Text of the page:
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Loops are fairly common in SQL Server stored procedures. If you discover a loop in a stored procedure, you might find that the code iterates thousands of times before the loop exits. One way to improve the performance of loops is to optimize variable handling.

Do you know the difference between using the SELECT and SET commands to assign values to variables? Many SQL Server developers believe that the commands perform the same function, except that SELECT was designed to return data, whereas SET is optimized to assign values to local variables; therefore, most developers use SET to change variables. This action is correct most of the time.

Certainly, if you're setting a variable's value, SET is the recommended command; however, sometimes SET isn't the best command for the job. Every time you use the SET command, an assignation language element executes. Thus, if you're setting multiple variables, each SET command runs like a SELECT @variable statement. Consider the following two statements, which are functionally equivalent:

SET @iOne = 1;
SET @iTwo = 2;
SET @iThree = 3;
SET @iFour = 4;


SELECT
  @iOne = 1,
  @iTwo = 2,
  @iThree = 3,
  @iFour = 4;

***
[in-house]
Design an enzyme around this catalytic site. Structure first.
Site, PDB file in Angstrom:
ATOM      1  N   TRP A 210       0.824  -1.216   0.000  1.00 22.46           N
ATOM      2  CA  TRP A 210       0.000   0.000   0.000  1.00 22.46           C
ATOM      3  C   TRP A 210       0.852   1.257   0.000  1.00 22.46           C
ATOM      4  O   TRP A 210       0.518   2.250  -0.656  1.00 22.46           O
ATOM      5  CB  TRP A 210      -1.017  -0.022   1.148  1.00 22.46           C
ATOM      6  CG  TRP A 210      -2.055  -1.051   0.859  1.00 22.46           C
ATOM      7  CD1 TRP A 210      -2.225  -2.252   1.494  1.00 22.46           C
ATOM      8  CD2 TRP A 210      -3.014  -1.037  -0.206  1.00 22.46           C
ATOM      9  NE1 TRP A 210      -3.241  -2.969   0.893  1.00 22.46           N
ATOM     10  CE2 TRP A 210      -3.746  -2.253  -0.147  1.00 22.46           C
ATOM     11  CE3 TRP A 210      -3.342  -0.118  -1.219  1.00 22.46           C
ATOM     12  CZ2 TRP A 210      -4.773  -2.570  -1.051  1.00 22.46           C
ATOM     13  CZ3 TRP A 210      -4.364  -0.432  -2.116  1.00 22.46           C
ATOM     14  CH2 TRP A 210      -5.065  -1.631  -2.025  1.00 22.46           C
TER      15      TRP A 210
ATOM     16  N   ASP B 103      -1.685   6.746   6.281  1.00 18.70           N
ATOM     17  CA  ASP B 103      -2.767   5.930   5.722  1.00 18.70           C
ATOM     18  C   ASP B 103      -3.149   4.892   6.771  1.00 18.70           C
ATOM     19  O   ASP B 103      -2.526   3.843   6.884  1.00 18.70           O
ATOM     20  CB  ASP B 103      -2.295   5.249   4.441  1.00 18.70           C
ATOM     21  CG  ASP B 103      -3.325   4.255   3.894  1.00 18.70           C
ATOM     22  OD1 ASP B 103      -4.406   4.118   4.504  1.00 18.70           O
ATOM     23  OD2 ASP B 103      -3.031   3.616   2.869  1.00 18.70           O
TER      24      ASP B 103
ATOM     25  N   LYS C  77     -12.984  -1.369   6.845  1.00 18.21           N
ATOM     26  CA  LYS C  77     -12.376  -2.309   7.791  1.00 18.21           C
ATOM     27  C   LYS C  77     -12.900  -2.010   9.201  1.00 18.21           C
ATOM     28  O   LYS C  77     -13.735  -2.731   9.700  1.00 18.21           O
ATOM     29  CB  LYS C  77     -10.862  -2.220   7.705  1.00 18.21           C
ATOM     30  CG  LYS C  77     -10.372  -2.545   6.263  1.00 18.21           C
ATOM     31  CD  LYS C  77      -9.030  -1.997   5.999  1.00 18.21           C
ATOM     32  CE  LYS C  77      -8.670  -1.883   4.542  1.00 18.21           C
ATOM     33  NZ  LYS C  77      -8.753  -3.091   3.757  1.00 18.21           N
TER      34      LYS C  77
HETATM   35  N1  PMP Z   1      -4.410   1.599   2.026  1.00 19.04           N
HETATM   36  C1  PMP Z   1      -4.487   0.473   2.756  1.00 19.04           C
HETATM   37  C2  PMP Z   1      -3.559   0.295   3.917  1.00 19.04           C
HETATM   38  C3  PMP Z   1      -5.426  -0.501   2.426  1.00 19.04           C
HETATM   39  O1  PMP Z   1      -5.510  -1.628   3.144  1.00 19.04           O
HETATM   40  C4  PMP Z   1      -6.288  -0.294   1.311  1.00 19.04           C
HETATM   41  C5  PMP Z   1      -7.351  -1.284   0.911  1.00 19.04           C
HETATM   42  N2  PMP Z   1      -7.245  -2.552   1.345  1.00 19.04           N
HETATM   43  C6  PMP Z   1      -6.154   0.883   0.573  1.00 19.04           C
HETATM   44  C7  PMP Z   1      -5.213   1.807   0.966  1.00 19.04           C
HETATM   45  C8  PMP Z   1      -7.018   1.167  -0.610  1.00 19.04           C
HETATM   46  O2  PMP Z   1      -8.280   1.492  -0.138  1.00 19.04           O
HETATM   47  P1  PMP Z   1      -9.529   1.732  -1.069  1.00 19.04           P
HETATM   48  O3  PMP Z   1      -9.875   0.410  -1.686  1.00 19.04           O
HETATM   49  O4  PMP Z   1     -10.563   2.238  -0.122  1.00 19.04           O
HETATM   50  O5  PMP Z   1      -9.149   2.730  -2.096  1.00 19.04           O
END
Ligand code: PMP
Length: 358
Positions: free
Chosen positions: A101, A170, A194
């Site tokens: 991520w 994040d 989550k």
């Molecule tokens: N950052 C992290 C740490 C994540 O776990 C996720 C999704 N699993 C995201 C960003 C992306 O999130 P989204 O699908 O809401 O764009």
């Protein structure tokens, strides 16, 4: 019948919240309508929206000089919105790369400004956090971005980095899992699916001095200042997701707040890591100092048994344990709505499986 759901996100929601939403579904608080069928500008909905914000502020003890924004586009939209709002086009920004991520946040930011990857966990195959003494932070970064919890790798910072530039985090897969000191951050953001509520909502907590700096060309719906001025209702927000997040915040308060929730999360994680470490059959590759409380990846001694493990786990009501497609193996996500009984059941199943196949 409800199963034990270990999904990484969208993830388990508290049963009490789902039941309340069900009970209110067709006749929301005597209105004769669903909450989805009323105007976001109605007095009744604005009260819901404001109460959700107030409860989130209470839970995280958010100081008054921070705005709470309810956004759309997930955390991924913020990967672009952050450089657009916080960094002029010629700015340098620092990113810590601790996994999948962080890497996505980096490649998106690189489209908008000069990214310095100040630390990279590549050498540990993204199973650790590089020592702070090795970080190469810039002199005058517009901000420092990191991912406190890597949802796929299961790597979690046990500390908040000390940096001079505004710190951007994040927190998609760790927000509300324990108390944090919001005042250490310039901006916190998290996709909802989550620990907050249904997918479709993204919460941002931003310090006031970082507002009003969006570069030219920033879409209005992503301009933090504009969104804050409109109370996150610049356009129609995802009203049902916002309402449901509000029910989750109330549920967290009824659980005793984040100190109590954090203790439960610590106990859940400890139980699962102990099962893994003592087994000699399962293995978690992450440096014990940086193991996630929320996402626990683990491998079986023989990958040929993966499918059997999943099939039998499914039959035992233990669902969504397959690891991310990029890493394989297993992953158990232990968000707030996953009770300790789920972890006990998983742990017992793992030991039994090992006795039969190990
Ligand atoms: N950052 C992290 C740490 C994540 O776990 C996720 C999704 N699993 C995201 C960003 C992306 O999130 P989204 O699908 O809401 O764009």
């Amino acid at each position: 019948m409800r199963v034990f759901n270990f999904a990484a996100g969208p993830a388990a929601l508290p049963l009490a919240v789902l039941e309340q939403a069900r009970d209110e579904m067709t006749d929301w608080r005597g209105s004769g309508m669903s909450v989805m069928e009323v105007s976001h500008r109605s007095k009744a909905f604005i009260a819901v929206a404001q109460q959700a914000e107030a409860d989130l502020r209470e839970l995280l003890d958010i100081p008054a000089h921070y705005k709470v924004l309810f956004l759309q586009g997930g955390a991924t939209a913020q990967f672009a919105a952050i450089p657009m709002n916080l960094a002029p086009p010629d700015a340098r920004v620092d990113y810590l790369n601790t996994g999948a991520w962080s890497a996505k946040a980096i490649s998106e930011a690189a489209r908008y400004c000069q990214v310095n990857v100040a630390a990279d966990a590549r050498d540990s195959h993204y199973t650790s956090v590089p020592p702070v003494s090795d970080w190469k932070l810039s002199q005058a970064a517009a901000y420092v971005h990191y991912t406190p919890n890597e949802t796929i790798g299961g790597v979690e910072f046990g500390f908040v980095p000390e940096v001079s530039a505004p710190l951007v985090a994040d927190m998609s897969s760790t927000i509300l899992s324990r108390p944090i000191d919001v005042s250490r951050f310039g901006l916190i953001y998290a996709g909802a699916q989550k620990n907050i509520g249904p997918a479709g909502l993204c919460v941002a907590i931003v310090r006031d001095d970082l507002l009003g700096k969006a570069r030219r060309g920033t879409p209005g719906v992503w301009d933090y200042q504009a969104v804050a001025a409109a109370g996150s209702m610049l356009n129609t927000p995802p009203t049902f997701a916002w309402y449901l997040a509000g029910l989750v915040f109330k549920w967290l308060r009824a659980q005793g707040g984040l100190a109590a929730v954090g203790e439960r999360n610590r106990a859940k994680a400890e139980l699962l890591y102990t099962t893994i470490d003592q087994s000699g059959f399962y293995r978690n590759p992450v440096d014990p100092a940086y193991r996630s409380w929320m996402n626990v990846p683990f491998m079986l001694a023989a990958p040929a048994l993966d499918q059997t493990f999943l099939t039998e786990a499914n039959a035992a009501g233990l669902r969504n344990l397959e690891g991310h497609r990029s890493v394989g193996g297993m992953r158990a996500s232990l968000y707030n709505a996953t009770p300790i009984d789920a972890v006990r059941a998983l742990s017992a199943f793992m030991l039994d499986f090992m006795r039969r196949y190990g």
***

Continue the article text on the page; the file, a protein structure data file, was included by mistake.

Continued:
Although the statements are similar, the SELECT statement runs significantly faster than the SET statement. Each SET statement runs individually and updates one value per execution, whereas the entire SELECT statement runs as a whole and updates all four values in one execution.

To test this action, I ran each statement in a loop one million times. I found that the SET block ran in 0.0094 milliseconds (ms) on average and the SELECT statement ran in only 0.0039 ms. The SELECT statement ran 59 percent faster than the SET statement. If you're looping through a query only a few hundred thousand times, you probably won't notice a difference between the speed of the two commands; however, the difference in speed might be important to an end user who must wait 10 seconds rather than just 3 seconds for a report to generate.

Another thing to consider is that you can embed your variable updates in preexisting SELECT and UPDATE statements within a loop. In the benchmark tests I ran, each variable that I added to a SELECT or UPDATE statement required an additional 0.00016 ms. By comparison, adding a SET statement required 0.0027 ms. I was surprised to learn that adding a SET statement introduces a processing delay that is 1687.5 percent longer than the processing delay caused by adding a variable to a previously existing SELECT assignation statement. If you're looping through rows, you can further expedite your loop by altering multiple variables in one UPDATE statement, as Listing 1 shows.